Jules Strongbow

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This article is about the 1980s-era pro wrestler. There was another Jules Strongbow, who wrestled in the 1930s and promoted in California through the 1950s.
Jules Strongbow
Birth name Francis Huntington[1]
Born (1952-11-29) November 29, 1952 (age 63)
Omaha, Nebraska, United States
Residence Springfield, Missouri, United States[1]
Professional wrestling career
Ring name(s) Bruce Huntington
Chief Frank Hill
Chief Jules Strongbow[1]
Chief Running Hill
Frank Hill
Frankie Hill
Frank Running Hill
Jules Strongbow[1]
Billed height 6 ft 3 in (1.91 m)
Billed weight 240 lb (110 kg)
Debut 1973
Retired 2001[1]

Francis Huntington is an American retired professional wrestler. He is best known for his appearances with the World Wrestling Federation in the early 1980s under the ring name Jules Strongbow, where he held the WWF World Tag Team Championship on two occasions with his kayfabe brother, Chief Jay Strongbow.[1][2][3]

Professional wrestling career[edit]

Early career (1973-1982)[edit]

Huntington debuted in 1973 as "Frank Hill", wrestling for professional wrestling promotions such as the American Wrestling Association.

In late 1979, he teamed with Wahoo McDaniel in the All Japan Pro Wrestling World's Strongest Tag Determination League tournament.

World Wrestling Federation (1982-1983)[edit]

In 1982, Huntington was hired by the World Wrestling Federation (WWF). He was renamed "Jules Strongbow" and placed into a tag team with Chief Jay Strongbow, who was billed as his brother.[3] They formed a noted tag team, known as The Strongbows.[3] On June 28, 1982, Strongbows defeated the team of Mr. Fuji and Mr. Saito for their first WWF Tag Team Championship.[4] On July 13 edition of Championship Wrestling, Strongbows lost the belts back to Fuji and Saito.[4] On October 26 edition of Championship Wrestling, Strongbows defeated Fuji and Saito for their second tag title reign.[4] They were defeated for the belts in Allentown, Pennsylvania on March 8, 1983 edition of Championship Wrestling by The Wild Samoans (Afa and Sika).[4] Shortly after losing the titles, Jules left the WWF.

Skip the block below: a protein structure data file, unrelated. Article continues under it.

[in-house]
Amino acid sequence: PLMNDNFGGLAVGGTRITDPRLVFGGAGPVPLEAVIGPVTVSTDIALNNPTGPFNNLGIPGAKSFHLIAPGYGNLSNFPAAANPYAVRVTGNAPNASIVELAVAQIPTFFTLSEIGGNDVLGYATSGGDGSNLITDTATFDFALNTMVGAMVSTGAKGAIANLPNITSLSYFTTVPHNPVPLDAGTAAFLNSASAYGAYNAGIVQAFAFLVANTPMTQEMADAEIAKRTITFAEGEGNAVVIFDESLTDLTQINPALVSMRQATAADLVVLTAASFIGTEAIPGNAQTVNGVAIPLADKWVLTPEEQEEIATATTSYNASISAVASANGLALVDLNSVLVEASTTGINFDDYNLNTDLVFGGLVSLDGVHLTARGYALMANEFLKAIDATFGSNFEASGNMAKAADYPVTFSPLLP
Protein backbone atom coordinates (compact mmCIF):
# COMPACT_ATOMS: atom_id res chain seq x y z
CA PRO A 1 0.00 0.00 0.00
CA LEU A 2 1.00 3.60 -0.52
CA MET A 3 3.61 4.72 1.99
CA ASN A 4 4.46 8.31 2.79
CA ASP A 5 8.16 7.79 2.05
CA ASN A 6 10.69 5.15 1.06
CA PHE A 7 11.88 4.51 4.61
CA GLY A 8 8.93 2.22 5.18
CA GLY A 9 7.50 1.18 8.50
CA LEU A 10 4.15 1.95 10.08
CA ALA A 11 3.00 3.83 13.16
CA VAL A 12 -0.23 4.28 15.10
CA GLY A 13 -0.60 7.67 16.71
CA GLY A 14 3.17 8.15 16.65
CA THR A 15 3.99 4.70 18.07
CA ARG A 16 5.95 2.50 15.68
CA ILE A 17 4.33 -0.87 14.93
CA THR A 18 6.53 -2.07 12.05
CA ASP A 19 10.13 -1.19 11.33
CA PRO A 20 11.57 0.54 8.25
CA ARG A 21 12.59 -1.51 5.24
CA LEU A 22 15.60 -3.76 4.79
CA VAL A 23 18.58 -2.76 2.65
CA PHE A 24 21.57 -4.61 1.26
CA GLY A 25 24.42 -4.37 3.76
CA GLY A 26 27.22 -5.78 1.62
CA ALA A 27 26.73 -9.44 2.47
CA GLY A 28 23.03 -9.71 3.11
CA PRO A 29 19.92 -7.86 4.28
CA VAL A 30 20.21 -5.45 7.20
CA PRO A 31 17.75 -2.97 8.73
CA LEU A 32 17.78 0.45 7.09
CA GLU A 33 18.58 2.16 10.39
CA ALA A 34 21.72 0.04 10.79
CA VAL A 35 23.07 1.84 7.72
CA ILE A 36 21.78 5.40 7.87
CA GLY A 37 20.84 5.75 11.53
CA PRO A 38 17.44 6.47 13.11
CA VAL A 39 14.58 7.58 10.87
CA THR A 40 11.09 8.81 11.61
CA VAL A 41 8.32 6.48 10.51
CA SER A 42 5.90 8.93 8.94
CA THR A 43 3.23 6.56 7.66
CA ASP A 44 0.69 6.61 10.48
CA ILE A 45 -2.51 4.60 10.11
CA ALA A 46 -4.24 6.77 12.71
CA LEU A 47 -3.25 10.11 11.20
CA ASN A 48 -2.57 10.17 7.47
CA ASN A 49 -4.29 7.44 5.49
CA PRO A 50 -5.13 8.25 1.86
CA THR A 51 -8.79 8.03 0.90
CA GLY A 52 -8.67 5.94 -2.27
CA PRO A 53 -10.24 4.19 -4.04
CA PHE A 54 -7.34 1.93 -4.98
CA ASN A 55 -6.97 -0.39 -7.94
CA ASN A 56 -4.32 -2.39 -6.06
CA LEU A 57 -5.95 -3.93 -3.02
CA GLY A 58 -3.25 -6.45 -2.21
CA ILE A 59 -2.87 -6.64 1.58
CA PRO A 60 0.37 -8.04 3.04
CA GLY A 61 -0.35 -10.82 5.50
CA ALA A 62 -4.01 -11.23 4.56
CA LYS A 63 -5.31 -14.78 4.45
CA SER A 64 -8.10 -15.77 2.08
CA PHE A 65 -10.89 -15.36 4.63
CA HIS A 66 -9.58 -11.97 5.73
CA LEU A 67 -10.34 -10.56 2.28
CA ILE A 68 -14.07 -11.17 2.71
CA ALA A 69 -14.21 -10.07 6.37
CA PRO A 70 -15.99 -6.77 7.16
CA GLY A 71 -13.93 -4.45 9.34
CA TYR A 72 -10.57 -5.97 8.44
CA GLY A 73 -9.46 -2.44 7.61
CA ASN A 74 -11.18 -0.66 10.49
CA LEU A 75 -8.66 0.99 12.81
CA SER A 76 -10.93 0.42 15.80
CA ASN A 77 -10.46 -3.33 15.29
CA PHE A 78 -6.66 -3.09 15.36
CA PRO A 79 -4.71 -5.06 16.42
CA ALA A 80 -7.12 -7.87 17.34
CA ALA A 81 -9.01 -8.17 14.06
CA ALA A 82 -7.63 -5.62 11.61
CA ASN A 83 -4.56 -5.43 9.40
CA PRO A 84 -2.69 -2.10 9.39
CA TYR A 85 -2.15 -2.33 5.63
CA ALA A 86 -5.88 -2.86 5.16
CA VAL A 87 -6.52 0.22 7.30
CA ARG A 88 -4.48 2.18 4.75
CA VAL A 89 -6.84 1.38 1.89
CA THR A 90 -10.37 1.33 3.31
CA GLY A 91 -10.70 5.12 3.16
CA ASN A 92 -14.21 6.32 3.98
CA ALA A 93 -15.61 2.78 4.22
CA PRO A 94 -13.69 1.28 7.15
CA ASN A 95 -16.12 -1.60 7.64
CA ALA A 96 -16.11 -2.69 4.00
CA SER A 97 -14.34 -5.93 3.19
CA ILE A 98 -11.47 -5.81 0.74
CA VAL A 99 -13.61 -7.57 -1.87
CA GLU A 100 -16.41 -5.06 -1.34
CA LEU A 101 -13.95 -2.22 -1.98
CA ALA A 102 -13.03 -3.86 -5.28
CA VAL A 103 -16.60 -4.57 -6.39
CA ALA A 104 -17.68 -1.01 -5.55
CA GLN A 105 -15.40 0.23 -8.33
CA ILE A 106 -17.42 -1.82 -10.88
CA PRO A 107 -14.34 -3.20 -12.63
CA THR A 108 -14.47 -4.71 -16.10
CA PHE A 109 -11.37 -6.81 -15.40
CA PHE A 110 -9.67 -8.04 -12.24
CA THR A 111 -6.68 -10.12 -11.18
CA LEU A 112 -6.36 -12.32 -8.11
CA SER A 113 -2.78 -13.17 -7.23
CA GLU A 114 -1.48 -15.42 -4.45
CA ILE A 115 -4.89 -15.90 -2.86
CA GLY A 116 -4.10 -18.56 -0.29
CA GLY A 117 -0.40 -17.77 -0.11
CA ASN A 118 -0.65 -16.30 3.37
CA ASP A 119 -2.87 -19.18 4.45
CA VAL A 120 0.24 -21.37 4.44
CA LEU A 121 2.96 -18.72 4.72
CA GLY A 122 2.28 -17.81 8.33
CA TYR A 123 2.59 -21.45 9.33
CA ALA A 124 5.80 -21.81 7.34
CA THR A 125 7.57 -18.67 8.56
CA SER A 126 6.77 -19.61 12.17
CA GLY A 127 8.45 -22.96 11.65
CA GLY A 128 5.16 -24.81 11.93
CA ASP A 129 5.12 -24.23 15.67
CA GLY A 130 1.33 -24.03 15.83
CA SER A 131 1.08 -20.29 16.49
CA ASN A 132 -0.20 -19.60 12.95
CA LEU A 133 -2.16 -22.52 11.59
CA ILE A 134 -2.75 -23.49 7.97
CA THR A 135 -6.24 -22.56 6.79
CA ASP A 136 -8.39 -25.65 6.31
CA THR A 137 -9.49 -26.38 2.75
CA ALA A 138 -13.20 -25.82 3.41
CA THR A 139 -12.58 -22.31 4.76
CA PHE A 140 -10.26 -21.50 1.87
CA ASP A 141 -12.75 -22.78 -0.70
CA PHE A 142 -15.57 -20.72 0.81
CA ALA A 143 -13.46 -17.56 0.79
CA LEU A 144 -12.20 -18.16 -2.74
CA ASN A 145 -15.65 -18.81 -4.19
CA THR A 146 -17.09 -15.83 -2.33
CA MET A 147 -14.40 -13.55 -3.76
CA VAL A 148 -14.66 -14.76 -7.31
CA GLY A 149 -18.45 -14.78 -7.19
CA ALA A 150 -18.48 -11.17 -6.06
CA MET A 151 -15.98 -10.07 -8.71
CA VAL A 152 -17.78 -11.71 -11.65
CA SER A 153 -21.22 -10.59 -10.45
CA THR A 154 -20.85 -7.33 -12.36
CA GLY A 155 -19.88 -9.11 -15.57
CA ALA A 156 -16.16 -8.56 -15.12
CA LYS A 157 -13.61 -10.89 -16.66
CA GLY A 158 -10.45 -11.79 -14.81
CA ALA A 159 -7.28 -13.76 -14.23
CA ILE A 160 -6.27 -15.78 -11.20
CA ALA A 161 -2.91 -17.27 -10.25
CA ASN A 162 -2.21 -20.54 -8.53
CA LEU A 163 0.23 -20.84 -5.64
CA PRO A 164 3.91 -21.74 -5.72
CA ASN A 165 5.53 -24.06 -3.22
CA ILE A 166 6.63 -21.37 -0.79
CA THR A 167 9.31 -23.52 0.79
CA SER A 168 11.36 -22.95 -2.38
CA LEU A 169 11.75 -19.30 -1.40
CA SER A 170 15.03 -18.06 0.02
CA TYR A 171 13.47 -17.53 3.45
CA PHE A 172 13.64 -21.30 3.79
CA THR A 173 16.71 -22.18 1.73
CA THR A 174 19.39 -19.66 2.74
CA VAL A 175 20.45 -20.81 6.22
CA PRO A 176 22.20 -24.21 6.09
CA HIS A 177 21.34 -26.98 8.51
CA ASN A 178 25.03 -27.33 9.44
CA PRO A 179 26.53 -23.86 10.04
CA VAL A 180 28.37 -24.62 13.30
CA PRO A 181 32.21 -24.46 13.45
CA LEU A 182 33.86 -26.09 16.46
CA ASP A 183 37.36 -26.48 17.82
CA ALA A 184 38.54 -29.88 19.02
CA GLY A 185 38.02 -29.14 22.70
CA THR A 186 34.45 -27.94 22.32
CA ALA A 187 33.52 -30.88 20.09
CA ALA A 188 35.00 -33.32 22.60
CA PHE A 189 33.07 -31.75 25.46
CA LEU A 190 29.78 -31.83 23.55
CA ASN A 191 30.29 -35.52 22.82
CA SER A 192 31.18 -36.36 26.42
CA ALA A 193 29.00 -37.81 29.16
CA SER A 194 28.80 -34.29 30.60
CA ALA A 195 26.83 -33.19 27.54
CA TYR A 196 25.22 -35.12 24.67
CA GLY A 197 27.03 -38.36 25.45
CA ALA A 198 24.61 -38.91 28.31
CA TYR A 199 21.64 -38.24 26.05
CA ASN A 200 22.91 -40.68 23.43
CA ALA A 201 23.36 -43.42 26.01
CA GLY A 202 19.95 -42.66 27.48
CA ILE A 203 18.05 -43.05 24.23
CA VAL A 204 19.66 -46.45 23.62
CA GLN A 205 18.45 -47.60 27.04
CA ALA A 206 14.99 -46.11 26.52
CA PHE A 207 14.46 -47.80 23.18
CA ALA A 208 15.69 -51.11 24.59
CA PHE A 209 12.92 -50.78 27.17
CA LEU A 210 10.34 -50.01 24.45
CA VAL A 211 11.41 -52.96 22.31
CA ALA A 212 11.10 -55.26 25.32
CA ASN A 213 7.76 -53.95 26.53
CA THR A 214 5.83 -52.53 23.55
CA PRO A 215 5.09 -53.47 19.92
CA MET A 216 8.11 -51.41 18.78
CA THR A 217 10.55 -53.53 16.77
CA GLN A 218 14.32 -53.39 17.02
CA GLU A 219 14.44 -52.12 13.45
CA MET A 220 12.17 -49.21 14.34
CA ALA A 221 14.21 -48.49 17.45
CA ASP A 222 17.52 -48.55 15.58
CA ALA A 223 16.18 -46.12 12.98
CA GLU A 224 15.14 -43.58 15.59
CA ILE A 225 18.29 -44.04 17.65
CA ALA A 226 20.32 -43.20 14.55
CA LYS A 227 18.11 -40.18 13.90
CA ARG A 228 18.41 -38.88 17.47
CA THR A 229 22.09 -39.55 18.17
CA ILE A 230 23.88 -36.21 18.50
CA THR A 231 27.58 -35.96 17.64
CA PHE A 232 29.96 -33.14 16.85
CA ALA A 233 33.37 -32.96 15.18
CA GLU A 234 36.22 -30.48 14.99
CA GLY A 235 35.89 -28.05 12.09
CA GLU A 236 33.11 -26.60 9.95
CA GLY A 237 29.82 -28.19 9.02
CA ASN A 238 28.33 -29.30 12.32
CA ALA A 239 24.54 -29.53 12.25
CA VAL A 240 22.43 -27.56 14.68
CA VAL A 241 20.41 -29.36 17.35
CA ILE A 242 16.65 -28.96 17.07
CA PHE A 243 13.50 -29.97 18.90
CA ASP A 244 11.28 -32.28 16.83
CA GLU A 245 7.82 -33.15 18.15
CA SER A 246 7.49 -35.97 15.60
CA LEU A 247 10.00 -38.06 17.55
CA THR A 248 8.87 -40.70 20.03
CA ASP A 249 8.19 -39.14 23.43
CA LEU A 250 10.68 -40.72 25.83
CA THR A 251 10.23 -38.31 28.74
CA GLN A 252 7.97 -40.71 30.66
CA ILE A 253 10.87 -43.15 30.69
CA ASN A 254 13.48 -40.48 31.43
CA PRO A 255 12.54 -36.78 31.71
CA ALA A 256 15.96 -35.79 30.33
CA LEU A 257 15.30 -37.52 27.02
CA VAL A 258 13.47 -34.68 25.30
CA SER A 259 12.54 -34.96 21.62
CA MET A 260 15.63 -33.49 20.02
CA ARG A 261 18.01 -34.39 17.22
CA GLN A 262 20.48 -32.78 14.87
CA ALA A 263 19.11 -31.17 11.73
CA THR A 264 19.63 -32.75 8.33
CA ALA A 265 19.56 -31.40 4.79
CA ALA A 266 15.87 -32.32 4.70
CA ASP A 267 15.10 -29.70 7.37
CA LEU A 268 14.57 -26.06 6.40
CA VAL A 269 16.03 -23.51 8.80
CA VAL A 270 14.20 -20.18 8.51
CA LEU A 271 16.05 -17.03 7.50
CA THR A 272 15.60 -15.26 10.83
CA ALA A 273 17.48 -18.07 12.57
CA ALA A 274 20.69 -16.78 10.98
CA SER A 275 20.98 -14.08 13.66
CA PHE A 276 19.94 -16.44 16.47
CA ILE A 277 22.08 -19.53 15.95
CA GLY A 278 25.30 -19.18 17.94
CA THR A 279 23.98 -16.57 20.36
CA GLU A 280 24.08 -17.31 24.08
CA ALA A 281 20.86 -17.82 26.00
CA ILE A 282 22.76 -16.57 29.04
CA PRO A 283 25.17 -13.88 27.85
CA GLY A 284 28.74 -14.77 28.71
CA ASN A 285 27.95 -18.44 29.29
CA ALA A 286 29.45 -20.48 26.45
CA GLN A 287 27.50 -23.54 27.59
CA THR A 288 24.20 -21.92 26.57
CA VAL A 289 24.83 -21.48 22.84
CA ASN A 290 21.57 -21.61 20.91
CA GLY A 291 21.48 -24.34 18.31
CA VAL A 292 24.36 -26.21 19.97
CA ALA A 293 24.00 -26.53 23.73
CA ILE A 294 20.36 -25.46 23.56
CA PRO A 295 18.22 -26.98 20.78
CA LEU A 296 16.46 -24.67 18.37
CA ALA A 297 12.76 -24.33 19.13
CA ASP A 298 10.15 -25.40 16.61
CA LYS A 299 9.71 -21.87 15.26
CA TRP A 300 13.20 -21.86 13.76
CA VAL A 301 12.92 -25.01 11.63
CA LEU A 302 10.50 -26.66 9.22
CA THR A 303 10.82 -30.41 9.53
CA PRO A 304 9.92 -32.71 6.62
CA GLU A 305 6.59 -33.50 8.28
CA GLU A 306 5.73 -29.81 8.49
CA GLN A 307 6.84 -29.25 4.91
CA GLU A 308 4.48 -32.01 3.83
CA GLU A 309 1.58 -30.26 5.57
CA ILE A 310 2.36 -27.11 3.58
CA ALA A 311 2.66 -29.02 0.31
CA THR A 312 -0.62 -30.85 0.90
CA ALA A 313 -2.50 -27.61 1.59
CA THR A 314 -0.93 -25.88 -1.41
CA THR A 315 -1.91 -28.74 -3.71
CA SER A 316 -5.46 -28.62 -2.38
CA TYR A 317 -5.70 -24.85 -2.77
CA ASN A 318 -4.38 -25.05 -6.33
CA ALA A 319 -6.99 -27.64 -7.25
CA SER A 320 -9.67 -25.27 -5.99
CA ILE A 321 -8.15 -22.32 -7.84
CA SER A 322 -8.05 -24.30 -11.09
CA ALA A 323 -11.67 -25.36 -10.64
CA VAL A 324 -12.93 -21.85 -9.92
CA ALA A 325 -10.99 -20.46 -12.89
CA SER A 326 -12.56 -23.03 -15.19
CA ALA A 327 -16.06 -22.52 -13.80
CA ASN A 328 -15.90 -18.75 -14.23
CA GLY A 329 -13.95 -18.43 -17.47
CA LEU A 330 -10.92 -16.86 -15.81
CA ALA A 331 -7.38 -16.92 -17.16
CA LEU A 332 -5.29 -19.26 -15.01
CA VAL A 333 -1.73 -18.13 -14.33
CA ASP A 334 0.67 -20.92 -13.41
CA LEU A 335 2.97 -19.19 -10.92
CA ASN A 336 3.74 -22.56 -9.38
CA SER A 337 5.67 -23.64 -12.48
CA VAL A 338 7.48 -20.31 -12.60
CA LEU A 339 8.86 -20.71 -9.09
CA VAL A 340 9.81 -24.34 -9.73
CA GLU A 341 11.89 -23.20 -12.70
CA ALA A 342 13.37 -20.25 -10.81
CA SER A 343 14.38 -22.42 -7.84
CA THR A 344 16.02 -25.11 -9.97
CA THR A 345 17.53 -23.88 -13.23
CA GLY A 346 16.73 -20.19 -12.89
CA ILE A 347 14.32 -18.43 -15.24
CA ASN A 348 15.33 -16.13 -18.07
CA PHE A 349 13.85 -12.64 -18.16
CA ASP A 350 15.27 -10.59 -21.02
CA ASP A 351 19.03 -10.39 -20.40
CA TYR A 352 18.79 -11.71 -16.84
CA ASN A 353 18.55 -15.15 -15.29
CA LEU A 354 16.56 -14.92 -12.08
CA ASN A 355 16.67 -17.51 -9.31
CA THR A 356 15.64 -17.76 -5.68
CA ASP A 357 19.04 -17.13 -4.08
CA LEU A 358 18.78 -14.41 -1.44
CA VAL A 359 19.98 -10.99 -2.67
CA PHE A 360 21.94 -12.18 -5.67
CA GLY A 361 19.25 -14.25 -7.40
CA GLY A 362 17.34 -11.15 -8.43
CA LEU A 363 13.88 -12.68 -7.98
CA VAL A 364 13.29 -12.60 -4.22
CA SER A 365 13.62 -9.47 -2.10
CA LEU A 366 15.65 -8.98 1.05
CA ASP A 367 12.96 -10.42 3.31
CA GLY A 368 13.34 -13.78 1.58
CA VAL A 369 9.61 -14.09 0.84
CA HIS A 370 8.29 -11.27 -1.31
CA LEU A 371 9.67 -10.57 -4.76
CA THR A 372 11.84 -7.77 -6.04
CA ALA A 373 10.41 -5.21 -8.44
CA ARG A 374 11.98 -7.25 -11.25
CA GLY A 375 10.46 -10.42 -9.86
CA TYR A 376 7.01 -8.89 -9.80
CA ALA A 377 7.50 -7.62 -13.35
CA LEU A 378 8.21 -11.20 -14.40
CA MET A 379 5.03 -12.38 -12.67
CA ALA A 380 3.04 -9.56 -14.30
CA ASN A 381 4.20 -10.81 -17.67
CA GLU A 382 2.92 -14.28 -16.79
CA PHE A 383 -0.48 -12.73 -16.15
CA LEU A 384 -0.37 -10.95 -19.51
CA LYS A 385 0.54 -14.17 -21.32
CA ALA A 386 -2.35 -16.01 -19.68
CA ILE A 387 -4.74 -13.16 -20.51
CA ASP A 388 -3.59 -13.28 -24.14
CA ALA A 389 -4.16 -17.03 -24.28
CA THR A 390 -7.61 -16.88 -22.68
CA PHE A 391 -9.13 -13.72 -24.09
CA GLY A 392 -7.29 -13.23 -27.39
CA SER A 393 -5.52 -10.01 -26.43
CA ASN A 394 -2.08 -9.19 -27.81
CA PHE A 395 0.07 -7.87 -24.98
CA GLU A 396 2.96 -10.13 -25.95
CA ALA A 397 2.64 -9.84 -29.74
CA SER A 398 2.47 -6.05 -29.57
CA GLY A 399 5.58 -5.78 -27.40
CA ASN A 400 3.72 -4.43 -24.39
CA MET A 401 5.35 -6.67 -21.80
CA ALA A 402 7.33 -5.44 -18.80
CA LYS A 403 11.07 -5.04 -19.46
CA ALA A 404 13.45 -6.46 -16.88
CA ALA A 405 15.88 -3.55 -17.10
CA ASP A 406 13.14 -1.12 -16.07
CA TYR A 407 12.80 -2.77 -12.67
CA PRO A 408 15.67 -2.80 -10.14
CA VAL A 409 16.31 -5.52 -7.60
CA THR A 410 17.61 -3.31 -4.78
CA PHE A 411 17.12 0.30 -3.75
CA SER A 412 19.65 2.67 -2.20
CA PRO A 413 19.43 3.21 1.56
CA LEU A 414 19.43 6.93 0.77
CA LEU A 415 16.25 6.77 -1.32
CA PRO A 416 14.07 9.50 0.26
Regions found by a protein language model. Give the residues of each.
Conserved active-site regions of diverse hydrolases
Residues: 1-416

Independent circuit (1983-2001)[edit]

After leaving the WWF, Jules later competed on the independent circuit for several years (most notably in top indy promotions like the Pennsylvania-based National Wrestling Federation and Ohio's International Wrestling Alliance). He retired in 2001.

Personal life[edit]

Huntington is Native American. Following his retirement from professional wrestling, he volunteered with the Native American Students Association at Missouri State University.[1]

In wrestling[edit]

Championships and accomplishments[edit]

  • International Wrestling Association
    • IWA United States Heavyweight Championship (1 time)[5]
  • National Wrestling Federation
    • NWF Heavyweight Championship (1 time)[5]
    • NWF Tag Team Championship (2 times) - with Al Bold Eagle (1 time) and Navajo Warrior (1 time)
  • NWA Tri-State
    • NWA Tri-State Tag Team Championship (2 times) - with Terry Orndorff (1 time) and Eric Embry (1 time)
  • World Wrestling Federation
  • WWWA
    • WWWA Tag Team Championship (1 time) - with Al Bold Eagle


  1. ^ a b c d e f g Davidson, Jennifer (April 24, 2009). "Former Pro-Wrestler Reflects on Career, Film "The Wrestler"". KSMU. Retrieved January 24, 2015. 
  2. ^ "Wrestler Profiles: Jules Strongbow". Online World of Wrestling. Retrieved 2008-05-05. 
  3. ^ a b c "Chief Jay Strongbow's WWE Hall of Fame Profile". WWE. Retrieved April 9, 2012. 
  4. ^ a b c d e "World Tag Team Championship official title history". World Wrestling Entertainment. Retrieved 2009-06-18. 
  5. ^ a b Royal Duncan & Gary Will (2000). Wrestling Title Histories (4th ed.). Archeus Communications. ISBN 0-9698161-5-4. 

External links[edit]